In this tutorial, we will demonstrate using custom templates for the error page on our Web console of OpenResty Edge.
Let’s go to the console first. This is our sample deployment of the console. Every user would have their own deployment.
First, we go to Global Config Tab.
Then we go to the Global Page Templates page. Here we can create some global page templates, which can be used to define customized error pages or WAF blocking pages.
Now we can add a simple template by clicking this button.
Here we can name this template as ‘error-page-template-demo’.
For the HTML content, you can customize it with some predefined variables:
We can now output the client IP.
Also request ID, and user agent header as an example.
Then we save it.
Changes to this page template will be released and synced to all gateway server immediately since this is a global configuration.
Next, go to our example application:
Then go to test-edge.com to apply the page template as a customized error page.
Enter the application.
Then go to the Page Rules page.
Starting by adding a new rule.
We add a new action.
You can select or search action types here.
Search for “customize error page”.
Here you choose the HTTP response status codes for the erorr page.
We choose only ‘404’ here.
There are several ways to set the customized error page, like raw HTML or using backend URL, or global static file we already uploaded previously.
And now, choose to use the global page template we just defined and named as ‘error-page-template-demo’.
Then we need to add one more action.
Click the search box.
Search for “intercept upstream errors”.
Enable this action to intercept upstream errors since we’ve configured the proxy to upstream.
Also, we need to put this rule before any other rules so that we can return our customized error page.
OK to save it.
As usual, we need to make a new release to push out our new page rule.
Click here to release the pending change.
It is fully synchronized now.
Now the new page rule has been pushed to all the gateway clusters and servers.
Our configuration changes do NOT require server reload, restart, or binary upgrade. So it’s very efficient and scalable.
Let’s test a gateway server for this rule.
We copy the IP address of this San Francisco gateway server.
Then we test on the terminal.
This is the IP address of the San Francisco gateway server we saw earlier.
And this is a randomly generated URL that does not exist, so it is indeed a 404 response.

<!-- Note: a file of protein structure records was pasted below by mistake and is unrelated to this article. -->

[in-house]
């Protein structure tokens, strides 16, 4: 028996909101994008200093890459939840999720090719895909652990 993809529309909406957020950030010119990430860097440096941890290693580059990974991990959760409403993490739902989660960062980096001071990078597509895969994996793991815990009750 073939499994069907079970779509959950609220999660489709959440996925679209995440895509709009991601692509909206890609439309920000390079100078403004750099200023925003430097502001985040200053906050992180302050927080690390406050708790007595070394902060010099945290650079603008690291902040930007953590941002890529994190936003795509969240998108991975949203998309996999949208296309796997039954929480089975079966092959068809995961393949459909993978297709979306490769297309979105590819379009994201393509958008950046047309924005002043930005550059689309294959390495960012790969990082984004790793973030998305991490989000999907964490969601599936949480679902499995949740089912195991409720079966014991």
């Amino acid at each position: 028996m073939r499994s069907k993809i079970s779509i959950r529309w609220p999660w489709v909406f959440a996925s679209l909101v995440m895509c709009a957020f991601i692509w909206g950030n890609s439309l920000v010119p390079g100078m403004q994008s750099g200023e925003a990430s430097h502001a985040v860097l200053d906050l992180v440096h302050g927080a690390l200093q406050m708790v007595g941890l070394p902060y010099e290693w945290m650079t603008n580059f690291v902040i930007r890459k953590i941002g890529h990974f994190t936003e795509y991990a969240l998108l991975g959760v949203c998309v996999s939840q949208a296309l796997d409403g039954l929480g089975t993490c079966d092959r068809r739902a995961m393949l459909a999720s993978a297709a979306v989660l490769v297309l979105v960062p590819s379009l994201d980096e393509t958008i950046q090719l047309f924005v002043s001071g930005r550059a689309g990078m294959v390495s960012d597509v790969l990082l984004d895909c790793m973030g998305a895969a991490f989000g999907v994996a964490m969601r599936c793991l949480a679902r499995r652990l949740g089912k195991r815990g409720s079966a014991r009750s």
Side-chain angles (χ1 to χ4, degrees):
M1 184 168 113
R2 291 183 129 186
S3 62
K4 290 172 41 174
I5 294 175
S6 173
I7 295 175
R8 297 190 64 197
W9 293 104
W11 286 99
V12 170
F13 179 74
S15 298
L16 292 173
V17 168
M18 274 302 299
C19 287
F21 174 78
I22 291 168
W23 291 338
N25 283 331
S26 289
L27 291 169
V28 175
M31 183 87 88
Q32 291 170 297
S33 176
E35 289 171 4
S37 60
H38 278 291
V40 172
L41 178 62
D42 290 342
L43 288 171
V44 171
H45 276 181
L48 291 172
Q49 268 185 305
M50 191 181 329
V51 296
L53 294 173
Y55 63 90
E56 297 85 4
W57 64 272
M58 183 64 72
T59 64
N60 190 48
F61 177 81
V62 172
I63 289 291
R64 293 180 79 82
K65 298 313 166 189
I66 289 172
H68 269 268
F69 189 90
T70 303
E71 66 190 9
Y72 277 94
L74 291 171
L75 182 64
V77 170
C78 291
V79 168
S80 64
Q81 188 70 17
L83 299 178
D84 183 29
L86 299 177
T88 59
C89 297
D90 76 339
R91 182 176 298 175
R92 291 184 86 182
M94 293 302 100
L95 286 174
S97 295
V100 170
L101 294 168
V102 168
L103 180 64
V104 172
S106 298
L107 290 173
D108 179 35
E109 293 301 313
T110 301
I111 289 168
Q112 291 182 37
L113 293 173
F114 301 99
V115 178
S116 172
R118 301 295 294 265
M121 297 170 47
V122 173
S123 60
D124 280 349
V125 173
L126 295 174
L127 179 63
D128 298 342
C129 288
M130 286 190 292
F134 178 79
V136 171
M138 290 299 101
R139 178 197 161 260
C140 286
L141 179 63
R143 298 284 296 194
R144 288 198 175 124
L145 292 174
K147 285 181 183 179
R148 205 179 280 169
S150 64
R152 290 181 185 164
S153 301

Run the command.
We can get the request info output in html which can be helpful when something is wrong.
If you want to output more info or change the style of the error page, you can just edit the page template. The changes will be released and take effect immediately.
If you want to use the same error page for all applications, you can also config a global rewrite rule.
Go to “Global Rewrite Rules” page.
Add a new rule by clicking here, and it’s almost the same as the “Page Rule” in an application. We’ll have another tutorial to introduce this.
That’s all I’d like to cover today.
Yichun is one of the earliest advocates and leaders of “open-source technology”. He worked at many internationally renowned tech companies, such as Cloudflare, Yahoo!. He is a pioneer of “edge computing”, “dynamic tracing” and “machine coding”, with over 22 years of programming and 16 years of open source experience. Yichun is well-known in the open-source space as the project leader of OpenResty®, adopted by more than 40 million global website domains.
OpenResty Inc., the enterprise software start-up founded by Yichun in 2017, has customers from some of the biggest companies in the world. Its flagship product, OpenResty XRay, is a non-invasive profiling and troubleshooting tool that significantly enhances and utilizes dynamic tracing technology. And its OpenResty Edge product is a powerful distributed traffic management and private CDN software product.
As an avid open-source contributor, Yichun has contributed more than a million lines of code to numerous open-source projects, including Linux kernel, Nginx, LuaJIT, GDB, SystemTap, LLVM, Perl, etc. He has also authored more than 60 open-source software libraries.